Redirection • Normally, hosts do not take part in the routing update process because there are many more hosts in an internet than routers • The hosts usually use static routing and their routing table has a limited number of entries • They usually know the IP address of a router, the default router • Fore this reason, the hosts may send a datagram, which is destined for another network, to the wrong router • In this case, the router that receives the datagram will forward the datagram to the correct router • To update the routing table of the host, it sends a redirect message to the host
Redirection Message Format • Default gateways only send ICMP redirect/change request messages if the following conditions are met: • The interface on which the packet comes into the router is the same interface on which the packet gets routed out. • The subnet/network of the source IP address is the same subnet/network of the next-hop IP address of the routed packet. • The datagram is not source-routed. • The route for the redirect is not another ICMP redirect or a default route. • The router is configured to send redirects. (By default, Cisco routers send ICMP redirects. The interface subcommand no ip redirects will disable ICMP redirects.)
ICMP Redirect Example • Host H sends a packet to Host 10.1.1.1 on network 10.0.0.0/8. • Since Host H is not directly connected to the same network, it forwards the packet to its default gateway, Router R1 at 172.16.1.100. • Router R1 finds the correct route to network 10.0.0.0/8 by looking in its route table. • It determines that the path to the network is back out the same interface the request to forward the packet came from to Router R2 at 172.16.1.200. • R1 forwards the packet to R2 and sends an ICMP redirect/change request to Host H telling it to use Router R2 at 172.16.1.100 as the gateway to forward all future requests to network 10.0.0.0/8.
Query • ICMP can also diagnose some network problems through the query messages, a group of four different pairs of messages • In this type of ICMP message, a node sends a message that is answered in a specific format by the destination node.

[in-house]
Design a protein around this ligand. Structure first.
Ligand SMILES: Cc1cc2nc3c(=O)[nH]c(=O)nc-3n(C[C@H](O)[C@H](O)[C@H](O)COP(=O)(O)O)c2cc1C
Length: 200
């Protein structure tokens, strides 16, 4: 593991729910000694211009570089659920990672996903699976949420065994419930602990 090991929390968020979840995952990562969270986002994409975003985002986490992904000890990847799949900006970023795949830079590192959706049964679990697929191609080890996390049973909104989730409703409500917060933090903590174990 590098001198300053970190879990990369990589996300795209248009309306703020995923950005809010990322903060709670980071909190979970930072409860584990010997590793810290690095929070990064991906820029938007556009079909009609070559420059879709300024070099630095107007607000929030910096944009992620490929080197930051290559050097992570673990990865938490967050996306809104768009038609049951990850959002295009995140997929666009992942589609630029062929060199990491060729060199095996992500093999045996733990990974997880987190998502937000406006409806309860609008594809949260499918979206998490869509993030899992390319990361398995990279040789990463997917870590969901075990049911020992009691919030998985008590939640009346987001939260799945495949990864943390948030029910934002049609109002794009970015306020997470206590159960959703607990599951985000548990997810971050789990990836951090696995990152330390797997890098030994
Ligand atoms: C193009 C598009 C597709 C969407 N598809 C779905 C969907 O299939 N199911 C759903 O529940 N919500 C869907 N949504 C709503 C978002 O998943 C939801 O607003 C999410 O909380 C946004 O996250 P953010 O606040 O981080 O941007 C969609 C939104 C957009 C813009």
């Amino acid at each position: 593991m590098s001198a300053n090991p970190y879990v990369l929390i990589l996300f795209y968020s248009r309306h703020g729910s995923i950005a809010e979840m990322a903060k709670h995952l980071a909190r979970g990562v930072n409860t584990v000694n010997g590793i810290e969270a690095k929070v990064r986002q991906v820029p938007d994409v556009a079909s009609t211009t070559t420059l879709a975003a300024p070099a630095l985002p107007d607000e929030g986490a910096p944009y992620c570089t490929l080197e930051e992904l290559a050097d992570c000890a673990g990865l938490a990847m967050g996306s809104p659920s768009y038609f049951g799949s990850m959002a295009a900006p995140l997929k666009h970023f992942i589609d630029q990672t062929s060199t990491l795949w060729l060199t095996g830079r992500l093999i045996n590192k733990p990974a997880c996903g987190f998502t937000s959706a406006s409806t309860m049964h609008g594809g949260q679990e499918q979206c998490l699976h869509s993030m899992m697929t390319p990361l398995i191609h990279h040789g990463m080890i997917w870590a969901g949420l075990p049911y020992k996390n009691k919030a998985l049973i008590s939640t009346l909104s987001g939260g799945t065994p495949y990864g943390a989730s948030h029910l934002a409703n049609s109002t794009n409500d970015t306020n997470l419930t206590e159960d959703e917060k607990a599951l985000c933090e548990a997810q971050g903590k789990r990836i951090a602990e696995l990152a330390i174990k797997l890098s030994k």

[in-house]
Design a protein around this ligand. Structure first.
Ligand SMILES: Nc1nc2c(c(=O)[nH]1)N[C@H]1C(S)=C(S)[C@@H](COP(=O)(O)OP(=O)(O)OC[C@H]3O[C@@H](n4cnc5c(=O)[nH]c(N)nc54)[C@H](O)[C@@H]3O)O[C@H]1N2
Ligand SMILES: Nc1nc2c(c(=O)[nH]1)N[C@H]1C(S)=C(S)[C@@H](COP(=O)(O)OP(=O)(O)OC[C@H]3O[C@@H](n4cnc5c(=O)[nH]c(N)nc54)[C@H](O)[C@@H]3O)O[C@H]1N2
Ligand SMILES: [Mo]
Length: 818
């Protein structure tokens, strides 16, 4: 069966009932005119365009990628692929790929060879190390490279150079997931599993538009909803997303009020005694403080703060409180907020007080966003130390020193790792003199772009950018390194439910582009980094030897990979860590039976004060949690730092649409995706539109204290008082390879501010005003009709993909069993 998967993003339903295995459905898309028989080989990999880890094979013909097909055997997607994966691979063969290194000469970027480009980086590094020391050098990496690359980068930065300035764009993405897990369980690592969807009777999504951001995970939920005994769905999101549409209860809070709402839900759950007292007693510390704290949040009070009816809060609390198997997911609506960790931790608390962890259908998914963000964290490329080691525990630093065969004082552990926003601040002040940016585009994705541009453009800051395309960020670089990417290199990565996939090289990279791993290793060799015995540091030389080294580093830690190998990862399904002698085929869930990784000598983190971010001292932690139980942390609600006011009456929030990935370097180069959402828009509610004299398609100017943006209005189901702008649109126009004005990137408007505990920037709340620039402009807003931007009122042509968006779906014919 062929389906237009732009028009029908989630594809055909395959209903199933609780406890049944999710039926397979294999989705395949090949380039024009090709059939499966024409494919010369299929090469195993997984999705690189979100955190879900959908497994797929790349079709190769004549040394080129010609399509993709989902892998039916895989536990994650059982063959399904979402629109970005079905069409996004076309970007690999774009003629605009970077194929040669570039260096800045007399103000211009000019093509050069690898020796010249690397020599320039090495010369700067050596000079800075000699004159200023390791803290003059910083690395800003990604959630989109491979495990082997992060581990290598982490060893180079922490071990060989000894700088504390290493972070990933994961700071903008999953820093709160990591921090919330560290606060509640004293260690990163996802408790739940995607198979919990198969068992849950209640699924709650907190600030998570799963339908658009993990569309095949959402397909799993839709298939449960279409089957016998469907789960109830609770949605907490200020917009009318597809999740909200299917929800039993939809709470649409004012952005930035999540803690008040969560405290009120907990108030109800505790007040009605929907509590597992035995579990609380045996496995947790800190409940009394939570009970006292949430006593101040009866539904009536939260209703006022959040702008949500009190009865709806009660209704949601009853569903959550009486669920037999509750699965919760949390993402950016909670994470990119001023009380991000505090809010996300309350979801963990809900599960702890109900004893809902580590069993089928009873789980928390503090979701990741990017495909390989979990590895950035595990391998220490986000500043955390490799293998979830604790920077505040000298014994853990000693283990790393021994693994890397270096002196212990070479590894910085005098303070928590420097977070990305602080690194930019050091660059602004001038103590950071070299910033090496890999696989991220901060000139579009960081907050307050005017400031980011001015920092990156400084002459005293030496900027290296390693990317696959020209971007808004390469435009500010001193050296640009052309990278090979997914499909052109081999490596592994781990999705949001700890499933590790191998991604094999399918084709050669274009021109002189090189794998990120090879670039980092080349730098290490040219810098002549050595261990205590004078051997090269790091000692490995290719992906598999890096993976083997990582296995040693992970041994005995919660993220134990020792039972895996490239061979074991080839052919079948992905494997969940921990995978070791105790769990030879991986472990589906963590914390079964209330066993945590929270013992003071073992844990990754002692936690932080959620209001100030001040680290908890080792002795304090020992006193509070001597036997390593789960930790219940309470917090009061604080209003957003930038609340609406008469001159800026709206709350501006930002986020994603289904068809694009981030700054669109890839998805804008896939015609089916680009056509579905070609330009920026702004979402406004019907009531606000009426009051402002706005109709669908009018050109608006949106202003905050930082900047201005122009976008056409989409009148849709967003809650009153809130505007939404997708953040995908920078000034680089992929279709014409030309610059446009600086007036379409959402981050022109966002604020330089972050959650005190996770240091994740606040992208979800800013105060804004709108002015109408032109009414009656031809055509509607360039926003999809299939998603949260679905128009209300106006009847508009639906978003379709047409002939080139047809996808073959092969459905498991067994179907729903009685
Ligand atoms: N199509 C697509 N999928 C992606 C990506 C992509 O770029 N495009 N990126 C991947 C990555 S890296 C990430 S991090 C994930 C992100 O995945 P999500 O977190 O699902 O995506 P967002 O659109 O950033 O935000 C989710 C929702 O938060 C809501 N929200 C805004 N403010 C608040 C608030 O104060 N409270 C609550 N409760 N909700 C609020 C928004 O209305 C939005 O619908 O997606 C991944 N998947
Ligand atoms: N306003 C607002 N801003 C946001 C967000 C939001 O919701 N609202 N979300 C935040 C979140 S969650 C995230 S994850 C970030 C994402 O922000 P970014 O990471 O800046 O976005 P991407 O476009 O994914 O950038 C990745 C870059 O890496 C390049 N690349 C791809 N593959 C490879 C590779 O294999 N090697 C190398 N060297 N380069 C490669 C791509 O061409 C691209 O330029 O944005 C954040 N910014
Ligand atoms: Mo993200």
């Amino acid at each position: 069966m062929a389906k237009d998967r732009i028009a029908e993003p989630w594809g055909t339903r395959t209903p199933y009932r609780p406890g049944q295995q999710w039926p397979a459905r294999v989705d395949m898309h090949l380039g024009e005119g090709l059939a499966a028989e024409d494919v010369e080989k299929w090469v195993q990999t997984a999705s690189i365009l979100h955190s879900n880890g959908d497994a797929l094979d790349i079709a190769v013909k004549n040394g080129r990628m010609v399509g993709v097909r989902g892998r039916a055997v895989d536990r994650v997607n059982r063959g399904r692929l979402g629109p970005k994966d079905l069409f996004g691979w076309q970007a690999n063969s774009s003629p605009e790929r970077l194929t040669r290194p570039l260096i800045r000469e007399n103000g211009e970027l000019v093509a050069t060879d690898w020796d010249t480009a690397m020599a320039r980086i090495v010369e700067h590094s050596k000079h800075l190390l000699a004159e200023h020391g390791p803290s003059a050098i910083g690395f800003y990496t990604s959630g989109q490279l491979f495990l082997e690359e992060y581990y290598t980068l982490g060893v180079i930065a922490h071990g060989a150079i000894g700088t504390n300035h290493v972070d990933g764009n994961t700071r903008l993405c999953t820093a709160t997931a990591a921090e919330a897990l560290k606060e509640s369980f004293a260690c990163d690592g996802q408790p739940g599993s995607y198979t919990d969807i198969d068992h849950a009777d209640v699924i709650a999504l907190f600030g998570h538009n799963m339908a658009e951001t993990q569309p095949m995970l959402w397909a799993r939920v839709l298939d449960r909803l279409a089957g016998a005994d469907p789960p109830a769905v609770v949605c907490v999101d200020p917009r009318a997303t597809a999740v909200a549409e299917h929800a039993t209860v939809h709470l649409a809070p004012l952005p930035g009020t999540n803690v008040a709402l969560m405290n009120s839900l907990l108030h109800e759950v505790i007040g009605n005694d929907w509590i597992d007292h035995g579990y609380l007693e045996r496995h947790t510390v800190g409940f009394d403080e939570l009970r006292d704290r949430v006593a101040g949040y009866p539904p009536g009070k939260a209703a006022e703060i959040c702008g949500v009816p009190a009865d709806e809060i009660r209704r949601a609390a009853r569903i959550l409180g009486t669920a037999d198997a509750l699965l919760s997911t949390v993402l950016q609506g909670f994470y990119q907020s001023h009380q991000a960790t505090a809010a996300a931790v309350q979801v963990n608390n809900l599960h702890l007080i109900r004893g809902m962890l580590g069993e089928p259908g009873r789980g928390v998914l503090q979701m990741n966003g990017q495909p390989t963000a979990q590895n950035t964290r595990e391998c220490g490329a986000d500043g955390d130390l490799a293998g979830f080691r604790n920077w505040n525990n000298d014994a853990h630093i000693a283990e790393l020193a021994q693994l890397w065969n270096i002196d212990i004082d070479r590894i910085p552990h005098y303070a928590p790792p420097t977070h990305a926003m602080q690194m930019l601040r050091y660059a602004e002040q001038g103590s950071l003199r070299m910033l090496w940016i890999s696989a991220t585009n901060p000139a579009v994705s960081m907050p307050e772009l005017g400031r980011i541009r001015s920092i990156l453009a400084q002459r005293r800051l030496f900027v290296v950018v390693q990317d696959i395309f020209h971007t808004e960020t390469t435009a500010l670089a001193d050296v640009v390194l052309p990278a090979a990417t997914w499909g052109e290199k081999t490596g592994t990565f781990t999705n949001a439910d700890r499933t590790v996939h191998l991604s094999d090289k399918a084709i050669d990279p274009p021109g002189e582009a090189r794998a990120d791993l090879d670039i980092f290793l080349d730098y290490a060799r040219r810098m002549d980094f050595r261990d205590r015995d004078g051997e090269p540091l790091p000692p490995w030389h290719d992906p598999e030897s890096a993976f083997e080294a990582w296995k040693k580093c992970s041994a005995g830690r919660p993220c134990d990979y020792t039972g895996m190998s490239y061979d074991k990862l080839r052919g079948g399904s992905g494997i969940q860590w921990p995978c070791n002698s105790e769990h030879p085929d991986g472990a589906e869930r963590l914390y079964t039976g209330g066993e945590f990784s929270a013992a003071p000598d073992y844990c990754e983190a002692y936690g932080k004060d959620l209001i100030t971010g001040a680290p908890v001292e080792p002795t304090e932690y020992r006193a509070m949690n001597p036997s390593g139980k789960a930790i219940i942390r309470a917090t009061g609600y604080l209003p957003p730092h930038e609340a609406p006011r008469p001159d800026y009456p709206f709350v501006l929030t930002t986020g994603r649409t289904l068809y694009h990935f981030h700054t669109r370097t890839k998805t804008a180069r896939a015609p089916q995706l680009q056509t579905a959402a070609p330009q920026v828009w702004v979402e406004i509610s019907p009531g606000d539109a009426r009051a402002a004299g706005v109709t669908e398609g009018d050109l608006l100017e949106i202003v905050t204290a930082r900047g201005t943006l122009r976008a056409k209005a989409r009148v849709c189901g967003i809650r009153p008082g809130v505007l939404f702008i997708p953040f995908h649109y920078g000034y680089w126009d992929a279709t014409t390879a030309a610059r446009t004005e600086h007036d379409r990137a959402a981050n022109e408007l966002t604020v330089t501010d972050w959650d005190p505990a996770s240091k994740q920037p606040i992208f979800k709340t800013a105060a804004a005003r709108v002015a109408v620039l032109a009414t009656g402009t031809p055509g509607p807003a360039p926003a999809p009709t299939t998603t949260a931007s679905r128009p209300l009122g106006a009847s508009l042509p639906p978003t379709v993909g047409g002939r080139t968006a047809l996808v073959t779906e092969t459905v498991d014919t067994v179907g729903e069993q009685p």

Echo Request and Reply • The echo-request and echo-reply messages are designed for diagnostic purposes • The combination of echo-request and echo-reply messages determines whether two systems (hosts or routers) can communication with each other at the IP level • Echo-request and echo-reply can determine whether or not a node is functioning properly. The node to be tested is sent an echo-request message. The optional data field contains a message that must be repeated exactly by the responding node in its echo-request message
Timestamp Request and Reply • Two machines (hosts or routers) can use the timestamp-request and timestamp-reply messages to determine the round-trip time needed for an IP datagram to travel between them • It can also used to synchronize the clocks in two machines
Example 1 We use the ping program to test the server fhda.edu. The result is shown below:
Example 2 We use the traceroute program to find the route from the computer voyager.deanza.edu to the server fhda.edu. The following shows the result: $ traceroute fhda.edutraceroute to fhda.edu (220.127.116.11), 30 hops max, 38 byte packets1 Dcore.fhda.edu (18.104.22.168) 0.995 ms 0.899 ms 0.878 ms2 Dbackup.fhda.edu (22.214.171.124) 1.039 ms 1.064 ms 1.083 ms3 tiptoe.fhda.edu (126.96.36.199) 1.797 ms 1.642 ms 1.757 ms See Next Slide
Example 2 (Continued) The un-numbered line after the command shows that the destination is 188.8.131.52. The TTL value is 30 hops. The packet contains 38 bytes: 20 bytes of IP header, 8 bytes of UDP header, and 10 bytes of application data. The application data is used by traceroute to keep track of the packets. The first line shows the first router visited. The router is named Dcore.fhda.edu with IP address 184.108.40.206. The first round trip time was 0.995 milliseconds, the second was 0.899 milliseconds, and the third was 0.878 milliseconds. The second line shows the second router visited. The router is named Dbackup.fhda.edu with IP address 220.127.116.11. The three round trip times are also shown. The third line shows the destination host. We know that this is the destination host because there are no more lines. The destination host is the server fhda.edu, but it is named tiptoe. fhda.edu with the IP address 18.104.22.168. The three round trip times are also shown.
Example 3 Finally, we use the traceroute program to find the route between fhda.edu and mhhe.com (McGraw-Hill server). We notice that we cannot find the whole route. When traceroute does not receive a response within 5 seconds, it prints an asterisk to signify a problem, and then tries the next hop.. $ traceroute mhhe.comtraceroute to mhhe.com (22.214.171.124), 30 hops max, 38 byte packets1 Dcore.fhda.edu (126.96.36.199) 1.025 ms 0.892 ms 0.880 ms2 Ddmz.fhda.edu (188.8.131.52) 2.141 ms 2.159 ms 2.103 ms3 Cinic.fhda.edu (184.108.40.206) 2.159 ms 2.050 ms 1.992 ms ...16 * * *17 * * *...............